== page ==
His greatest failing is that he is guilty of creating mass confusion. In the episode his guest promotes cycling between low carb and high carb days as optimal for weight loss. Emphasis was placed on eating every 3 hours and consuming tons of vegetables. However, when a sample meal plan was revealed I counted barely 2 servings of vegetables and more than enough servings pasta, bread and protein shakes. So again, I’m wondering, where is the consistent message? Is it to eat more vegetables- because I don’t see it. What I do see is a health professional who is hyping up gimmicks and telling people messages that they can eat “as much as they want” and lose weight. That’s not the message that I support spreading.  In fact, a recent study showed that eating fewer meals in a day led to more weight loss, than the traditional 6 mini meals a day.

Will Low Carb Work for You?

I recommend a low carb approach for weight loss for most people, but I wouldn’t recommend it for everyone. Carbohydrate is a source for quick energy. Athletes need a good supply of quick energy and need to have a higher carbohydrate diet. Active children tend to do well with higher carbohydrate diets, since they are normally running around so much, they burn through this energy supply consistently. Individuals on a managed diabetic regimen may need to ensure a consistent amount of carbohydrate where low carb would not be appropriate.

Most of us struggle to get enough exercise and face a sedentary work environment. This is the perfect storm that would prompt me to recommend a low carb style of eating. You certainly could try eating 6 mini meals a day filled with low fat carbohydrates, but then you would be needing to be spending hours in the gym burning off all this energy.

Another benefit to the low carb approach is that you can change the typical hormonal response that is created in the body. Carbohydrate consumption stimulates insulin, which promotes fat storage. When eating lower carbohydrate, the opposite is true, that less insulin is secreted which means more fat burning potential can be enjoyed. Some additional ways to maximize this favorable hormonal fat burning environment would be to eat as low carb as possible in the first part of the day and reserve your carbohydrate foods for evening time. This is also called “carb-backloading” in the fitness industry and goes hand in hand with strength training to achieve maximal fat loss.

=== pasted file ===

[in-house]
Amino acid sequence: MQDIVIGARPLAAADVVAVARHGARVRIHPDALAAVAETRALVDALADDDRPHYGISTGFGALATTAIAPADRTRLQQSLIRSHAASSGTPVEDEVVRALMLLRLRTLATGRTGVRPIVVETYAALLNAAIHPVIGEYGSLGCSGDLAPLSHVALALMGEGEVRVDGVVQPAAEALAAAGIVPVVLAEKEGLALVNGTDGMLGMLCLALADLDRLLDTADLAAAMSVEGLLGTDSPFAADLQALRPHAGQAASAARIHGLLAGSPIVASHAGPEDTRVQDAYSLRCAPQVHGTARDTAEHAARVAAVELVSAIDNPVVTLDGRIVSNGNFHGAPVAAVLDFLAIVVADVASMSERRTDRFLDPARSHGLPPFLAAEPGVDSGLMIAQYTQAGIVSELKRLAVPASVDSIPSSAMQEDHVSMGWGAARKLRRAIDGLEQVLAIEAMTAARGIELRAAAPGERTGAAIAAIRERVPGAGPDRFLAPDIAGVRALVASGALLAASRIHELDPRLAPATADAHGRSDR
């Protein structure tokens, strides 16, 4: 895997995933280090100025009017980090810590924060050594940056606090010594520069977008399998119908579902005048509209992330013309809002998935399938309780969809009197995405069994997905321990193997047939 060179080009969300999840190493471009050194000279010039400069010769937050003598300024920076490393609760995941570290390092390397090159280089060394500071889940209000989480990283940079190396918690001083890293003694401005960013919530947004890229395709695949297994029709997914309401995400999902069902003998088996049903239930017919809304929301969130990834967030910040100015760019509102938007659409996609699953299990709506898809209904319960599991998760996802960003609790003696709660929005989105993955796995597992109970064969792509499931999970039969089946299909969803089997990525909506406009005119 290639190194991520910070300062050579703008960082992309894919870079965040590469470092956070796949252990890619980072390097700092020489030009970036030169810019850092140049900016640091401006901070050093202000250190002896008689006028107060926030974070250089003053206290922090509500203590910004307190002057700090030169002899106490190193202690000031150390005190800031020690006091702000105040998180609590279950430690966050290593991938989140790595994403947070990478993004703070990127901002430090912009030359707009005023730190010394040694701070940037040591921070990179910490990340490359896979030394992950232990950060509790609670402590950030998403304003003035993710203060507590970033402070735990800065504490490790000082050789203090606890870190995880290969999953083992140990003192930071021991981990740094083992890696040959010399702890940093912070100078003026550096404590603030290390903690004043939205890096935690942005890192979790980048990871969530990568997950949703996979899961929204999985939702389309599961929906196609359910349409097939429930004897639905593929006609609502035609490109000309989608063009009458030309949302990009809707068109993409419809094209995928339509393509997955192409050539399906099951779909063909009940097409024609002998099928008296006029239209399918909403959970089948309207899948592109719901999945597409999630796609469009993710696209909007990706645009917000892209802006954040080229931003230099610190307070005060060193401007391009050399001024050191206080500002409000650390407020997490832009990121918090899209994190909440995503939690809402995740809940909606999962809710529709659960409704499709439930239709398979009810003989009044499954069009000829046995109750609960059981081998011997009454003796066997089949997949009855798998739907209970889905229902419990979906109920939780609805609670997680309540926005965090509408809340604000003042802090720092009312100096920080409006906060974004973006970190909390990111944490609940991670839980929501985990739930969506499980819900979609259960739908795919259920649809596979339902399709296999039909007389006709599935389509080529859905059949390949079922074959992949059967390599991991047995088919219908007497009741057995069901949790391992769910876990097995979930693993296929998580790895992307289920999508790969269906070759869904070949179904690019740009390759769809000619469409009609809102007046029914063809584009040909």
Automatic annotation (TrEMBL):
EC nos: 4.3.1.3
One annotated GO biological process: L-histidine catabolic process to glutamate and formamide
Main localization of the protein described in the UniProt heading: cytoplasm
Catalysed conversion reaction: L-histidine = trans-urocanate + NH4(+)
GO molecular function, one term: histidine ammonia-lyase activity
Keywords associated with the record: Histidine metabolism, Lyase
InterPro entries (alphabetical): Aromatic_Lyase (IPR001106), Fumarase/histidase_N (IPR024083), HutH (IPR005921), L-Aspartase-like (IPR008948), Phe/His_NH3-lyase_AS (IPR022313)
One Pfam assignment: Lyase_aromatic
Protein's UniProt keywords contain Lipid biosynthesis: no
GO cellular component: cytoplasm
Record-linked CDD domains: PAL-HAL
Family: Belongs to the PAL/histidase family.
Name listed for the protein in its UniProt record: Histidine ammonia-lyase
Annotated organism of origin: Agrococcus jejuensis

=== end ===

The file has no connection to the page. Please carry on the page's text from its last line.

So what is your perception of Low Carb eating? Do you like my definition vs. the Atkins approach? Have you tried cutting out carbs? What did you like or dislike about it? I would love for you to share your experience and leave a reply below.

3 Comments on Low Carb Diets: Why Dr. Oz is All Wrong

  1. Mercy Wolf
    October 2, 2013 at 6:47 pm (4 years ago)

    This is a brilliant article full of great and relevant information. I didn’t know that what I do naturally is called carb backloading, and I am also a two meal a day gal! I figured it out a while ago that I simply can’t stay slim ( not skinny mind) if I eat carbs for breakfast, and also that I love a decent sized dinner and am more likely to eat habitually in the evening — so I’m better off saving up my carbs so to speak. I don’t watch Dr Oz although I used to see him on Oprah but I admire anyone who has the guts to speak out honestly against these power wielding celebrity experts. Can I ask then, should I be encouraging my skinny teenager to fill up on carbs all day long? I don’t want to push high fat or sugar as a way for him to gain weight. Thanks.

    Reply
    • beehappylife
      October 2, 2013 at 9:12 pm (4 years ago)

      Hi Mercy,
      sounds like you naturally listen to your body and that’s fantastic! I just learned about carb back-loading and think that it gives a lot of flexibility in low carb eating styles with great benefits. I’m sure your son could fill up on plenty of healthy starchy carbs like sweet potatoes, squash, corn or beans, fruit even rice. If he’s got the energy to burn, let him eat up!

      Reply
      • Amy Hager
        April 11, 2014 at 11:10 am (3 years ago)

        Kriiztel- congrats on your weight loss! It’s such a struggle for so many. I work with many people who feel “addicted” to carbs and find that a lower carb approach has made the weight loss journey easier to follow. But agreed, the caloric deficit produces weight loss, just personalizing the approach to help mitigate any food addiction has been quite effective I’ve noticed.